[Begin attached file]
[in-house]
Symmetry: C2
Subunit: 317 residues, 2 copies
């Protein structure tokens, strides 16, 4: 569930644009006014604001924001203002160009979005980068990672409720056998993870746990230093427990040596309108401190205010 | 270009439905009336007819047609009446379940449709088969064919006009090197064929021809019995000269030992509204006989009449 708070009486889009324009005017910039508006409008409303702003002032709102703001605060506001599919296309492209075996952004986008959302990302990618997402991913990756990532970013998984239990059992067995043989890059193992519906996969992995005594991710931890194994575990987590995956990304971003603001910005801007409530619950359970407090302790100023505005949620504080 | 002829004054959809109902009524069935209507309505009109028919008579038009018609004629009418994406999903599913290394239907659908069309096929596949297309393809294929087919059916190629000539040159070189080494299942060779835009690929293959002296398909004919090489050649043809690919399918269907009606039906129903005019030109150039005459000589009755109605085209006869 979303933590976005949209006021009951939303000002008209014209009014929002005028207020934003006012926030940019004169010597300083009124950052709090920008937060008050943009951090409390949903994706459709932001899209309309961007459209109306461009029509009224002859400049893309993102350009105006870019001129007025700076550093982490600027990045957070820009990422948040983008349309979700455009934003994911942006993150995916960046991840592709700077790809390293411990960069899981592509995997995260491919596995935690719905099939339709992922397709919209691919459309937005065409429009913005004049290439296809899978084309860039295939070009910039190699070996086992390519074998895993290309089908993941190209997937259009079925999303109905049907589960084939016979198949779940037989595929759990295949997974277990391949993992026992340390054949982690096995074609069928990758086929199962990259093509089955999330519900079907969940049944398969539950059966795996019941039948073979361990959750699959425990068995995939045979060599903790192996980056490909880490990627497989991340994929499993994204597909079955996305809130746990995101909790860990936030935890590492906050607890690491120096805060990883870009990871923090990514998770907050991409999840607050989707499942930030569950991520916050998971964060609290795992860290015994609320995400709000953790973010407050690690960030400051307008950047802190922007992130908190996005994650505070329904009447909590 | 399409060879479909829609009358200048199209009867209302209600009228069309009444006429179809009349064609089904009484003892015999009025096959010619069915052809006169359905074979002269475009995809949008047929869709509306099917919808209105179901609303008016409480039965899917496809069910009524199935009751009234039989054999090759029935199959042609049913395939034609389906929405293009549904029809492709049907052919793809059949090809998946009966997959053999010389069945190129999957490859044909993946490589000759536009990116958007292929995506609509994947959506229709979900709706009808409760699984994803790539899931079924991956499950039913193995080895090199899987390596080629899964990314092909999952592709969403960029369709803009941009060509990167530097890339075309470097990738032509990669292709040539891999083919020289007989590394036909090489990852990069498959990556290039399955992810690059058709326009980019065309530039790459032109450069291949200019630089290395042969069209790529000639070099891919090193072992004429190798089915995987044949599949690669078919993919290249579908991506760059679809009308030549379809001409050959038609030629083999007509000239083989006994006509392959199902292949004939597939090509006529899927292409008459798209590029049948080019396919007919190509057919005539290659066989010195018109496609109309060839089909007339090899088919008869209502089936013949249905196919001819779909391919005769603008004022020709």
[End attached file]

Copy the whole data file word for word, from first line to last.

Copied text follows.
[in-house]
Symmetry: C2
Subunit: 317 residues, 2 copies
């Protein structure tokens, strides 16, 4: 569930644009006014604001924001203002160009979005980068990672409720056998993870746990230093427990040596309108401190205010 | 270009439905009336007819047609009446379940449709088969064919006009090197064929021809019995000269030992509204006989009449 708070009486889009324009005017910039508006409008409303702003002032709102703001605060506001599919296309492209075996952004986008959302990302990618997402991913990756990532970013998984239990059992067995043989890059193992519906996969992995005594991710931890194994575990987590995956990304971003603001910005801007409530619950359970407090302790100023505005949620504080 | 002829004054959809109902009524069935209507309505009109028919008579038009018609004629009418994406999903599913290394239907659908069309096929596949297309393809294929087919059916190629000539040159070189080494299942060779835009690929293959002296398909004919090489050649043809690919399918269907009606039906129903005019030109150039005459000589009755109605085209006869 979303933590976005949209006021009951939303000002008209014209009014929002005028207020934003006012926030940019004169010597300083009124950052709090920008937060008050943009951090409390949903994706459709932001899209309309961007459209109306461009029509009224002859400049893309993102350009105006870019001129007025700076550093982490600027990045957070820009990422948040983008349309979700455009934003994911942006993150995916960046991840592709700077790809390293411990960069899981592509995997995260491919596995935690719905099939339709992922397709919209691919459309937005065409429009913005004049290439296809899978084309860039295939070009910039190699070996086992390519074998895993290309089908993941190209997937259009079925999303109905049907589960084939016979198949779940037989595929759990295949997974277990391949993992026992340390054949982690096995074609069928990758086929199962990259093509089955999330519900079907969940049944398969539950059966795996019941039948073979361990959750699959425990068995995939045979060599903790192996980056490909880490990627497989991340994929499993994204597909079955996305809130746990995101909790860990936030935890590492906050607890690491120096805060990883870009990871923090990514998770907050991409999840607050989707499942930030569950991520916050998971964060609290795992860290015994609320995400709000953790973010407050690690960030400051307008950047802190922007992130908190996005994650505070329904009447909590 | 399409060879479909829609009358200048199209009867209302209600009228069309009444006429179809009349064609089904009484003892015999009025096959010619069915052809006169359905074979002269475009995809949008047929869709509306099917919808209105179901609303008016409480039965899917496809069910009524199935009751009234039989054999090759029935199959042609049913395939034609389906929405293009549904029809492709049907052919793809059949090809998946009966997959053999010389069945190129999957490859044909993946490589000759536009990116958007292929995506609509994947959506229709979900709706009808409760699984994803790539899931079924991956499950039913193995080895090199899987390596080629899964990314092909999952592709969403960029369709803009941009060509990167530097890339075309470097990738032509990669292709040539891999083919020289007989590394036909090489990852990069498959990556290039399955992810690059058709326009980019065309530039790459032109450069291949200019630089290395042969069209790529000639070099891919090193072992004429190798089915995987044949599949690669078919993919290249579908991506760059679809009308030549379809001409050959038609030629083999007509000239083989006994006509392959199902292949004939597939090509006529899927292409008459798209590029049948080019396919007919190509057919005539290659066989010195018109496609109309060839089909007339090899088919008869209502089936013949249905196919001819779909391919005769603008004022020709």